This multicenter observational study examined the association between delayed administration of acyclovir and death among neonates with HSV. Delayed receipt of acyclovir >1 day after admission was associated with higher in-hospital mortality rates. The association was strongest for neonates aged 14 days or younger, for whom the risk of disseminated infection and consequently the risk of death are greatest. In addition, the response seemed to be time-dependent; each additional day of delay was associated with an even greater mortality rate compared with the previous day.
Neonatal HSV infection is a severe disease with high mortality rates despite intravenous acyclovir therapy.10
An open-label trial compared different acyclovir dosage regimens among 88 neonates with HSV. The 12-month mortality rates for neonates who received “high-dose” acyclovir (60 mg/kg per day), that is, 31% among neonates with disseminated disease and 6% among neonates with central nervous system disease, were threefold lower than those observed with the standard dosage regimen (30 mg/kg per day).10
After publication of that study in 2001, administration of high-dose acyclovir quickly became the standard of care.21
However, the mean duration of symptoms before study enrollment was >5 days.10
This delay from symptom onset to initiation of appropriate therapy presents an additional opportunity to improve clinical outcomes. Earlier initiation of acyclovir therapy for neonates with HSV might lead to even lower mortality rates by preventing progression to more-severe disease. Progression from isolated cutaneous disease to involvement of other sites occurs within 1 week for approximately three-fourths of untreated infants.3,22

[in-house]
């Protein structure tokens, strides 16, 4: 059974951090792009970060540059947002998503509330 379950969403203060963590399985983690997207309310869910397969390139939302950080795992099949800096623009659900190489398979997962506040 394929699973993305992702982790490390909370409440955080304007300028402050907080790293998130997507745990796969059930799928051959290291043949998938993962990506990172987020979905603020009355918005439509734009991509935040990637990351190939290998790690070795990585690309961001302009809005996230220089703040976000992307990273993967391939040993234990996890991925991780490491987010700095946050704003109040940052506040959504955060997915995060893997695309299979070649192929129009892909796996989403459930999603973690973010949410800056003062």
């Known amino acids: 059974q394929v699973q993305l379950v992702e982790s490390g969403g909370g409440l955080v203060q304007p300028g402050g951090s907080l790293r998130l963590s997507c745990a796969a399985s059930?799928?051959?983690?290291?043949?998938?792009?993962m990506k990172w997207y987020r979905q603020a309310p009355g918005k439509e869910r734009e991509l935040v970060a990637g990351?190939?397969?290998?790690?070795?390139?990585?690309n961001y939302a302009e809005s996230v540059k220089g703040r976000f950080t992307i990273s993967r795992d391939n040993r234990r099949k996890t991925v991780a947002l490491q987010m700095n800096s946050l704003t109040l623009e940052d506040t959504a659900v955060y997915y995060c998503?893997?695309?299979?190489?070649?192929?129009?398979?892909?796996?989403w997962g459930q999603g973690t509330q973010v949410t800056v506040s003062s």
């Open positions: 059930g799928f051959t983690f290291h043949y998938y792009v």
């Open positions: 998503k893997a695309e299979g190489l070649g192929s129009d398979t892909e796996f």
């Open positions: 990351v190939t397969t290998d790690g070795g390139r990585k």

Whitley et al5
compared the clinical presentation of neonates with HSV during 2 consecutive time periods, 1973–1981 and 1982–1987. The duration of symptoms before therapy decreased from 6.5 days in the first time period to 4.8 days in the second time period, concomitant with a significant decrease in the number of neonates with disseminated disease and an increase in skin, eye, and mouth disease. The authors postulated that earlier diagnosis in the second period (1982–1987) might have identified more skin, eye, and mouth disease before progression to the disseminated form.5
It is possible that earlier initiation of acyclovir treatment (even 1–2 days sooner) would halt this progression.
Clinicians must weigh the potential risks of empiric therapy for uninfected neonates against the risks of delaying administration of acyclovir to HSV-infected neonates when earlier therapy is associated with lower mortality rates. Because measures of illness severity (eg, vasoactive agent infusions) also were associated with death, the benefits of early acyclovir therapy might be greater earlier in the course of the illness, before neonates require such therapeutic interventions. Some clinicians argue that empiric acyclovir treatment always should accompany HSV testing, especially for infants aged 21 days or younger12
; our study supports this approach. It is not clear which neonates should be tested for HSV,23
and there are many factors that influence clinicians' decision to test.1,24
Future studies should attempt to identify the subset of neonates at low risk of HSV, a population that might not require routine HSV testing and empiric acyclovir treatment.
This multicenter observational study has several limitations. Discharge diagnosis coding might be unreliable for specific diseases. However, we included patients who had a discharge diagnosis of HSV and received treatment with acyclovir, which made it likely that the patients truly had HSV infection. Also, because freestanding children's hospitals often do not have birthing units, our results might not be generalizable to premature infants in birthing units, for whom the risk of HSV infection might be higher.25